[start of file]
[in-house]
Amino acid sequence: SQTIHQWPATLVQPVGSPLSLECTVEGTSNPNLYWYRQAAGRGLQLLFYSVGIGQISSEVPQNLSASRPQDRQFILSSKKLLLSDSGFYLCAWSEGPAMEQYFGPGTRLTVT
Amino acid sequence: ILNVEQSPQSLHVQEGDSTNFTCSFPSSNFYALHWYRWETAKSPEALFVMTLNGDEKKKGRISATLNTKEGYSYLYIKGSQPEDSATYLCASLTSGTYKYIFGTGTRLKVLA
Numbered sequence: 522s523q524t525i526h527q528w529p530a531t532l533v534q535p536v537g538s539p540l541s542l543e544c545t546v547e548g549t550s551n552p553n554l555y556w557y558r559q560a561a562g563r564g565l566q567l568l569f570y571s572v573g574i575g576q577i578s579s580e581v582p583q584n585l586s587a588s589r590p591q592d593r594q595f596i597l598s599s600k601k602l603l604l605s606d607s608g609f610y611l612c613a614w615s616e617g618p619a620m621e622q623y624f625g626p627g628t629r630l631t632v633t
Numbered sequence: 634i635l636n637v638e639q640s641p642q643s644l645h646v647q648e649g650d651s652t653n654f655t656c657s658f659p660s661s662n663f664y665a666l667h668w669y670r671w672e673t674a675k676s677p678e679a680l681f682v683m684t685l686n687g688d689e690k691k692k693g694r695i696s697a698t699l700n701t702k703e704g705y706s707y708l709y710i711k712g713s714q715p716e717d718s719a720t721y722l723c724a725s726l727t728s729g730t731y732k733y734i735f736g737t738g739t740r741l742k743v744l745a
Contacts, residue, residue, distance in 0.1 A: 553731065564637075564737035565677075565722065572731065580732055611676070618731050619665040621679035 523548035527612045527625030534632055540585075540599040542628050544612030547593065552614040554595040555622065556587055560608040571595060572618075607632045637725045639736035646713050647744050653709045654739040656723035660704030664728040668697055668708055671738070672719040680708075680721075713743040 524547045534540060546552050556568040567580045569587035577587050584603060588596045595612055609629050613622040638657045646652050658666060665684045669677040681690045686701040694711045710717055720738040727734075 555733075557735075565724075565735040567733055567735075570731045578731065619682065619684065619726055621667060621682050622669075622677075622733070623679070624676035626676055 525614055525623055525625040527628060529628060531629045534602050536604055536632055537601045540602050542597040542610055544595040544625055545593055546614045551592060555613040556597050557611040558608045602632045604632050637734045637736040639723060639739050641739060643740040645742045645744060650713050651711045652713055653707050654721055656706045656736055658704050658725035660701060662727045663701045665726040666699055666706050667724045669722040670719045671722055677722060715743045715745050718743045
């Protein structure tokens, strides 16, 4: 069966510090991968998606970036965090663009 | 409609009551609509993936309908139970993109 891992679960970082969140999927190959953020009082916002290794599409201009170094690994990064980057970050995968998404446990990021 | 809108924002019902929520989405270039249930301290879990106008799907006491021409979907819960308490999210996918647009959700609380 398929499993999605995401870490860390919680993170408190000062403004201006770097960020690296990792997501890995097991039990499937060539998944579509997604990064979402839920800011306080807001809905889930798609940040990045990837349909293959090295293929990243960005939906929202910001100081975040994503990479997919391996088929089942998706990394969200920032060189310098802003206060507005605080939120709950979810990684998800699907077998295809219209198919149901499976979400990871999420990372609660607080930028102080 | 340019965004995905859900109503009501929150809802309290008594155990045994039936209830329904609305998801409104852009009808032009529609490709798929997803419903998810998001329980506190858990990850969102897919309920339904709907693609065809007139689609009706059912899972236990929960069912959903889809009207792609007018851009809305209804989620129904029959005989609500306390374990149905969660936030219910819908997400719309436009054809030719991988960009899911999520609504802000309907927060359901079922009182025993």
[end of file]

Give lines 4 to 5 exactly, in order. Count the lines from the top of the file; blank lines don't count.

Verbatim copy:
Numbered sequence: 522s523q524t525i526h527q528w529p530a531t532l533v534q535p536v537g538s539p540l541s542l543e544c545t546v547e548g549t550s551n552p553n554l555y556w557y558r559q560a561a562g563r564g565l566q567l568l569f570y571s572v573g574i575g576q577i578s579s580e581v582p583q584n585l586s587a588s589r590p591q592d593r594q595f596i597l598s599s600k601k602l603l604l605s606d607s608g609f610y611l612c613a614w615s616e617g618p619a620m621e622q623y624f625g626p627g628t629r630l631t632v633t
Numbered sequence: 634i635l636n637v638e639q640s641p642q643s644l645h646v647q648e649g650d651s652t653n654f655t656c657s658f659p660s661s662n663f664y665a666l667h668w669y670r671w672e673t674a675k676s677p678e679a680l681f682v683m684t685l686n687g688d689e690k691k692k693g694r695i696s697a698t699l700n701t702k703e704g705y706s707y708l709y710i711k712g713s714q715p716e717d718s719a720t721y722l723c724a725s726l727t728s729g730t731y732k733y734i735f736g737t738g739t740r741l742k743v744l745a